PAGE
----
To pound meat thin you may want to place the cutlet between sheets of plastic wrap for easier washing up. Use a heavy, flat-surface pan to pound if you don’t have a meat mallet.
Pound the meat evenly to 1/4 inch thickness for best results.
Do not press the bread crumbs into the meat. The crust should not adhere completely, but form a loose shell around the schnitzel.
Make sure the breaded meat “swims” in fat. Contrary to instinct, the breading will take on less oil than if the meat is sticking to the pan. Also, the breadcrumb topping has a chance to puff up a little, and your clean up is easier! Wiener Schnitzel in pan.
Set up 3 shallow dishes. Place the flour and 1/2 teaspoon salt in one and breadcrumbs in another. Beat eggs well and place in the third dish.
Heat at least 1/4 inch of oil in the pan to 350°F.
Working one at a time, dredge cutlets first in flour until the surface is completely dry. Dip in egg to coat, allow the excess to drip off for a few seconds and then roll quickly in the breadcrumbs until coated. Do not press breadcrumbs into the meat. Place meat immediately in the pan with the hot oil. Do not crowd the pan. Cook the schnitzel in batches, if necessary.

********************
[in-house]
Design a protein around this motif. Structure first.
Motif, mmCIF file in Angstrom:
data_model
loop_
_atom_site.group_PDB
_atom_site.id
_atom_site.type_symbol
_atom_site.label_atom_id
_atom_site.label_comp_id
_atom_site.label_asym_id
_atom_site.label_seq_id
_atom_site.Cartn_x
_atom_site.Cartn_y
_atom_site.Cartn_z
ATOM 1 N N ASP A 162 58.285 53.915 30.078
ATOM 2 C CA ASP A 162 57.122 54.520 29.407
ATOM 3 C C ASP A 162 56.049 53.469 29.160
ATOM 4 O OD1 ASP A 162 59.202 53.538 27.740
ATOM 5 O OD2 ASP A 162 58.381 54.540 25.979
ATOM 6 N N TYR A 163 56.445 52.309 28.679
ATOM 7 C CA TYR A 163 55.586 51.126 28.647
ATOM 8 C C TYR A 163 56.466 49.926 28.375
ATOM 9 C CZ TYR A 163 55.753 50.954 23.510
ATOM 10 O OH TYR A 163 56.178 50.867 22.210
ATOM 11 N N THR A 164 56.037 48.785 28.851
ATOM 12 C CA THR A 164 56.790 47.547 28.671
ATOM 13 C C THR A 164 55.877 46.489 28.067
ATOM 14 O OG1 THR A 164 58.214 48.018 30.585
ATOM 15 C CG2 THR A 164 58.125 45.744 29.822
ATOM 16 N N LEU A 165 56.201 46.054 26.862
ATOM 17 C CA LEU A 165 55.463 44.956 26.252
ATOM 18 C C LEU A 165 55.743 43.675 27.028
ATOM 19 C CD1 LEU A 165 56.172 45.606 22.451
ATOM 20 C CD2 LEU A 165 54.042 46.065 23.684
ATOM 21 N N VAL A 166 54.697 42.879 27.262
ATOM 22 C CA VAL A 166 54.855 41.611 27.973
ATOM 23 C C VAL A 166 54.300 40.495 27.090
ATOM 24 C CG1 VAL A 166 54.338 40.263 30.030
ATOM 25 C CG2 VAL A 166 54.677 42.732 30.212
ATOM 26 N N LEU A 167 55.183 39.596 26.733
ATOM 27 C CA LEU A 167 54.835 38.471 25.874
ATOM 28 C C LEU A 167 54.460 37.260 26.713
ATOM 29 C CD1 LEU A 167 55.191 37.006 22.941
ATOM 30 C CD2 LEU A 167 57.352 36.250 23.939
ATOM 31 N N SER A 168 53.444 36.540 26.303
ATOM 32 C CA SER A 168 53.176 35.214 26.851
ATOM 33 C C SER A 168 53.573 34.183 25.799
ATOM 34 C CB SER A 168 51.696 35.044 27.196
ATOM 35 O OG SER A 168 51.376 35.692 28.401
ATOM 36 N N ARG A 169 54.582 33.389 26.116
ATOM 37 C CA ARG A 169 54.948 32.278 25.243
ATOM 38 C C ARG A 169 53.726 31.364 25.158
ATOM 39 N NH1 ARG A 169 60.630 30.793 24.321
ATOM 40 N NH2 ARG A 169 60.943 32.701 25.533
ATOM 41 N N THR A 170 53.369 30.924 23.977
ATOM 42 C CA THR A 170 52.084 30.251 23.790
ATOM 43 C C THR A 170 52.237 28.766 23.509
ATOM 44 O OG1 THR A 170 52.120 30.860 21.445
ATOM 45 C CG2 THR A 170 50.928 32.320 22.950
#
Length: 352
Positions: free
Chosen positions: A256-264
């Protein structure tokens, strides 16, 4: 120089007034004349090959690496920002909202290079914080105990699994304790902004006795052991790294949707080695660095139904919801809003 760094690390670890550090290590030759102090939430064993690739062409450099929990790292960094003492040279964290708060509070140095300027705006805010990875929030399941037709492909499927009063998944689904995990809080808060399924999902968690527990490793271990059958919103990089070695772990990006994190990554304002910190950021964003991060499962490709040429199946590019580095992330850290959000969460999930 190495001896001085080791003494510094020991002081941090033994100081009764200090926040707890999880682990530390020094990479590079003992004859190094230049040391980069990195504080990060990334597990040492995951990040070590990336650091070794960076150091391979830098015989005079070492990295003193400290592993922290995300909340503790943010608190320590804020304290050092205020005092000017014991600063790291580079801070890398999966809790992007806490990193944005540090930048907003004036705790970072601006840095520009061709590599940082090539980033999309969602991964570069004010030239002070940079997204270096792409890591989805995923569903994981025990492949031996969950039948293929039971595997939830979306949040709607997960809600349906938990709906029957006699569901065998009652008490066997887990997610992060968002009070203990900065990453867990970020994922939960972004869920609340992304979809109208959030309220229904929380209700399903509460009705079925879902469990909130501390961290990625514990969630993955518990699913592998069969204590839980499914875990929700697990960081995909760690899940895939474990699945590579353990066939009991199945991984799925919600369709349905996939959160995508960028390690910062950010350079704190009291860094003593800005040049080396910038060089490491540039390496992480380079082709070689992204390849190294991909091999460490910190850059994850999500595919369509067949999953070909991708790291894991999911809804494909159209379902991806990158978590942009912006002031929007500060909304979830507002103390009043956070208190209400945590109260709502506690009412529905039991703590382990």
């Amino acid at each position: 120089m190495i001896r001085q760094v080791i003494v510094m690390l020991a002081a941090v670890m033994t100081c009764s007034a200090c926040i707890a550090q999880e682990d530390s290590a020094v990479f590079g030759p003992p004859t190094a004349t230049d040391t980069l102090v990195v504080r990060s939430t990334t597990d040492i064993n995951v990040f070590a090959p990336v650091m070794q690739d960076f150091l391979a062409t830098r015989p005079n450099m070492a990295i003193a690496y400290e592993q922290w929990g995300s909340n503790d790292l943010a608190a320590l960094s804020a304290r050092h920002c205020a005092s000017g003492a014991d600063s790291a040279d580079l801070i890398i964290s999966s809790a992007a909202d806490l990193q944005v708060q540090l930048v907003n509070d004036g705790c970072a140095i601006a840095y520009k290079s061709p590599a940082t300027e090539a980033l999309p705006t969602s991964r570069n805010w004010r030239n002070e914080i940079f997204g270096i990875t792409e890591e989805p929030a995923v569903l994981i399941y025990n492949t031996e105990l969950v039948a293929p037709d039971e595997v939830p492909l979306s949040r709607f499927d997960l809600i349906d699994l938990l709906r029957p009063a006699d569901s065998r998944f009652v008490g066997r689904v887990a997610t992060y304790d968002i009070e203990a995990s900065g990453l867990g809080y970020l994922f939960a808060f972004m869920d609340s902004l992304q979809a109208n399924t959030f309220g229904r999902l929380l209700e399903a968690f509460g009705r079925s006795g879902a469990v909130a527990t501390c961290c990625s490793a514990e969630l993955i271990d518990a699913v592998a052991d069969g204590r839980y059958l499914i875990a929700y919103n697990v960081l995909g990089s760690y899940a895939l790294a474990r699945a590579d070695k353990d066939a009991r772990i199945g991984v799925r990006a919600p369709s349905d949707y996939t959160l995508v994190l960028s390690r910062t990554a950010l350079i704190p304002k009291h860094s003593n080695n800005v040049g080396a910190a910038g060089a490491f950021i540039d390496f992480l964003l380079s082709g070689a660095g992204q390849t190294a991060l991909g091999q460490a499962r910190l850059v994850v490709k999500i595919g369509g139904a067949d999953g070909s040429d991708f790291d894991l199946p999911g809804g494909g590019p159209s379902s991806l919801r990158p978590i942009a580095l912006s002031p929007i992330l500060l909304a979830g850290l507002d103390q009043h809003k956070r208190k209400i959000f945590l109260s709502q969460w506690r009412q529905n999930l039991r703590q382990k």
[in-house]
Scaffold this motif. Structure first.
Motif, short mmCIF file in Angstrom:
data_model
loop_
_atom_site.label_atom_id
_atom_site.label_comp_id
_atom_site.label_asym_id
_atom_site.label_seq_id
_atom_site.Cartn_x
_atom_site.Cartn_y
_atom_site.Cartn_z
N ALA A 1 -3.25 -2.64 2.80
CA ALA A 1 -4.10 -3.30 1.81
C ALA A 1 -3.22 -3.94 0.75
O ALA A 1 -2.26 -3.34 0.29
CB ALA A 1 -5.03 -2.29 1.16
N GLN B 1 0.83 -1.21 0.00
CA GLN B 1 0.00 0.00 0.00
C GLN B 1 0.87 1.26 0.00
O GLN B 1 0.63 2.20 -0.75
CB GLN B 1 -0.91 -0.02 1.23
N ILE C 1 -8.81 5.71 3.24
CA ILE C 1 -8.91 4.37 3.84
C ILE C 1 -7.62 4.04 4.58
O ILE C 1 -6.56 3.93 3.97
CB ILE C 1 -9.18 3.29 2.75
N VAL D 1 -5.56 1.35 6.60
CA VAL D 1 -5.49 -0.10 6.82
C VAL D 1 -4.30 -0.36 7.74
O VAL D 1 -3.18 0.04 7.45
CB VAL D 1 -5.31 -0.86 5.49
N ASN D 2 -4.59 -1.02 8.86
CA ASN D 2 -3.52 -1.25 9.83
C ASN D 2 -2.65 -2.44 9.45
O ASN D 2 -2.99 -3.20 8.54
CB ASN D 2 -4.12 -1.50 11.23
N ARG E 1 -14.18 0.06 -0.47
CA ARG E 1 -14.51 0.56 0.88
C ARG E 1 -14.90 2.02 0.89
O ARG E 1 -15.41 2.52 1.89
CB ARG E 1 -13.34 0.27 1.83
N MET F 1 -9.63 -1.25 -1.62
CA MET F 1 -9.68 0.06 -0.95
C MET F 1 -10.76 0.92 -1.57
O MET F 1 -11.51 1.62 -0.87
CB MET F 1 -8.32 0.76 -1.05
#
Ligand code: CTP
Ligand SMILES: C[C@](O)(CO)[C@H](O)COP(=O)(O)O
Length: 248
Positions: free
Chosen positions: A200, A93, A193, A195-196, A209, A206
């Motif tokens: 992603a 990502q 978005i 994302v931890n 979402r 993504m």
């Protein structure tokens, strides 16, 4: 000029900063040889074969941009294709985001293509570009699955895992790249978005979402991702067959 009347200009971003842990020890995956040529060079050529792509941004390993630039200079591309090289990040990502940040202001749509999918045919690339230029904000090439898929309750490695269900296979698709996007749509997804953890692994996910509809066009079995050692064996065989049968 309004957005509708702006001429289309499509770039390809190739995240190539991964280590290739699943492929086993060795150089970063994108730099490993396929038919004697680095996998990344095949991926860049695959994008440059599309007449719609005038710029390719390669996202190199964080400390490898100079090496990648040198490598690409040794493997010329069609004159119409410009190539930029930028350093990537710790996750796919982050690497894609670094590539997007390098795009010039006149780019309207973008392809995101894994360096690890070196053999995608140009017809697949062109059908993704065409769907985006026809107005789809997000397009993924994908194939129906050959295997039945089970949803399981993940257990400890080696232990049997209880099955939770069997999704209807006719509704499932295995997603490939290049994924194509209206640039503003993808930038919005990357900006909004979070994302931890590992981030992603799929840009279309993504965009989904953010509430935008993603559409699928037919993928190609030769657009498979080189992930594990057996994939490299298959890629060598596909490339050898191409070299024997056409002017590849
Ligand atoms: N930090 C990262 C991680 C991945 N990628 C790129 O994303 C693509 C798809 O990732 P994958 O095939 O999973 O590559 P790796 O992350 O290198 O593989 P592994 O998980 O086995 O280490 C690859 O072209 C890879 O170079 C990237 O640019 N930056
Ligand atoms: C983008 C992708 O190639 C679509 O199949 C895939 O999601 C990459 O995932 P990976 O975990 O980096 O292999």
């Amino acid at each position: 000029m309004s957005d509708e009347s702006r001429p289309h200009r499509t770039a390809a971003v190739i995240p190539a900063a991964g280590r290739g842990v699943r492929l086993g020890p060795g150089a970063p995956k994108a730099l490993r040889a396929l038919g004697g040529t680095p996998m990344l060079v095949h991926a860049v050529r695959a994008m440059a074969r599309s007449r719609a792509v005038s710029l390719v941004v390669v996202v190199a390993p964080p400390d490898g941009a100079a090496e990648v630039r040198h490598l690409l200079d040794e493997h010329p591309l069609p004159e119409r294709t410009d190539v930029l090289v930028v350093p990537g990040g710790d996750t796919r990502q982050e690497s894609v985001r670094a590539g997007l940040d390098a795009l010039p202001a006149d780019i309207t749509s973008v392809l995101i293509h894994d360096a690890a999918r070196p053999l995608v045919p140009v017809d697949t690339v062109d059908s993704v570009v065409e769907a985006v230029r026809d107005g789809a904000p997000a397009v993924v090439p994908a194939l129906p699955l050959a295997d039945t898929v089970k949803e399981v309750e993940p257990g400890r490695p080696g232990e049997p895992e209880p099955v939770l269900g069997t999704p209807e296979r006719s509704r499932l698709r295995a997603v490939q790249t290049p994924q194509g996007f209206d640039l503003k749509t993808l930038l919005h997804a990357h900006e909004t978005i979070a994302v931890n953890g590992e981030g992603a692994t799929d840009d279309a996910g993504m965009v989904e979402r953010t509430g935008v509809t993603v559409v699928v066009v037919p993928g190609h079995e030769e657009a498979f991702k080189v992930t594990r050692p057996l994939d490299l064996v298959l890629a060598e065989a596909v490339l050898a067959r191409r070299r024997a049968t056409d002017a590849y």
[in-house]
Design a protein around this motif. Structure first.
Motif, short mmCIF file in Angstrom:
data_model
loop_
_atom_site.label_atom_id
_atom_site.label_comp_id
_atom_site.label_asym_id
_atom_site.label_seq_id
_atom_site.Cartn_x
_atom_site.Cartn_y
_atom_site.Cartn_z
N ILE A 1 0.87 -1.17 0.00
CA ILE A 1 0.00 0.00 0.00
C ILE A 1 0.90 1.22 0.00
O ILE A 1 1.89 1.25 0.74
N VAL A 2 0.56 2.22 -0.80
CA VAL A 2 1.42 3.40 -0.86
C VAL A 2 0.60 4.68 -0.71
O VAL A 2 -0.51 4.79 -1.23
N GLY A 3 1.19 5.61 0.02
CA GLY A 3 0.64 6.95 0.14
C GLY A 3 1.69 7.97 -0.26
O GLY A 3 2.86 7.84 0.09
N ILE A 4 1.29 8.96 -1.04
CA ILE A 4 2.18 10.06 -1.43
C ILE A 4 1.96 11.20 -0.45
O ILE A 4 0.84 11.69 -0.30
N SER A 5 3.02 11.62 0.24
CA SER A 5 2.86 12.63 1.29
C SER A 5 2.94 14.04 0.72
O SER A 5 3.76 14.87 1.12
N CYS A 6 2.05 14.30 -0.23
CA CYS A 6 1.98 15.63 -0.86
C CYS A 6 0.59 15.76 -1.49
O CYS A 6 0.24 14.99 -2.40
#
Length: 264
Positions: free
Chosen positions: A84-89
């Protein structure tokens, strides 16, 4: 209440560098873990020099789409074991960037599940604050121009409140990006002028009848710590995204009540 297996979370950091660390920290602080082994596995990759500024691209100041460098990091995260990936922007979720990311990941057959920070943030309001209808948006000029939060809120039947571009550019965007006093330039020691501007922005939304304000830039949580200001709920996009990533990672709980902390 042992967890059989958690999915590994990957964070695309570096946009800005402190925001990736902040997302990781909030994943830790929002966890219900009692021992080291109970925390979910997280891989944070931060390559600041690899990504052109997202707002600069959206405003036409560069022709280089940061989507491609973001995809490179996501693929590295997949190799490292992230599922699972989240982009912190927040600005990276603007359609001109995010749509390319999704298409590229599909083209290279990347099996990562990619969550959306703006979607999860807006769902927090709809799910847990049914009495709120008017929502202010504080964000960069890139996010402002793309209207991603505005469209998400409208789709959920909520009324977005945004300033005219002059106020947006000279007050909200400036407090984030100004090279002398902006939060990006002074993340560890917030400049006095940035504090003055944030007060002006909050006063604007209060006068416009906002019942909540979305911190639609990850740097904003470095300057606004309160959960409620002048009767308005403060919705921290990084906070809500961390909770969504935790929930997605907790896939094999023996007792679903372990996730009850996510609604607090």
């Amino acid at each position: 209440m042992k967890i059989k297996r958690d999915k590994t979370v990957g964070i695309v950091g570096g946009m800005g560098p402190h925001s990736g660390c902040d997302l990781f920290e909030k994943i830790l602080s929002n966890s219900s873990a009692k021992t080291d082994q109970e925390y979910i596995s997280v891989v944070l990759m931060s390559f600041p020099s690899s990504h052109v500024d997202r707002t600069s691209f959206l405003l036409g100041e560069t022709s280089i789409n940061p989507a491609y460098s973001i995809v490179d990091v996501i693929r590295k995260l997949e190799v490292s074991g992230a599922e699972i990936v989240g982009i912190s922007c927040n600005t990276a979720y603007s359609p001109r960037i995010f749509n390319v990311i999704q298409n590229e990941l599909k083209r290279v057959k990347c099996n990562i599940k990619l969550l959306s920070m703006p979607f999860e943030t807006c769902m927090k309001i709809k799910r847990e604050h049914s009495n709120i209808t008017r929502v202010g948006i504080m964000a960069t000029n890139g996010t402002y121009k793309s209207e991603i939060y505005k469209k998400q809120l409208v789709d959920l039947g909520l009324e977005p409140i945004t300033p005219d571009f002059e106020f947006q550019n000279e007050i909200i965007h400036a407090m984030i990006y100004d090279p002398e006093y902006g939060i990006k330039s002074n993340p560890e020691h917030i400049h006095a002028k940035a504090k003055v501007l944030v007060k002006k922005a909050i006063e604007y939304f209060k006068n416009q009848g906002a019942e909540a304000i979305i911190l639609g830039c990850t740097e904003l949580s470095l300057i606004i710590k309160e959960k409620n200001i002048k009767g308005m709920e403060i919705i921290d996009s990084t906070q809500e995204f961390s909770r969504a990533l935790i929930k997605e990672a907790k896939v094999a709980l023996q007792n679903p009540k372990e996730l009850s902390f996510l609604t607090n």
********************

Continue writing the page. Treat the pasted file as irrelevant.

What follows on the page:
Fry the schnitzel for 3-4 minutes on one side. You may want to swish them around a little with your fork to make sure they are not sticking to the pan. Turn them over once and fry until both sides are golden brown. Remove from pan, allow the oil to drain off, place on a plate with lemon slices and potato salad or green salad and serve.
4 veal cutlets (traditional) pounded to 1/4 inch thickness (about 5 oz. each) (you may use chicken or pork, as well)
1/4 c. flour (all purpose or brown rice)
1/4 tsp. salt
1/2 c. bread crumbs
Oil or lard for frying (lard is traditional)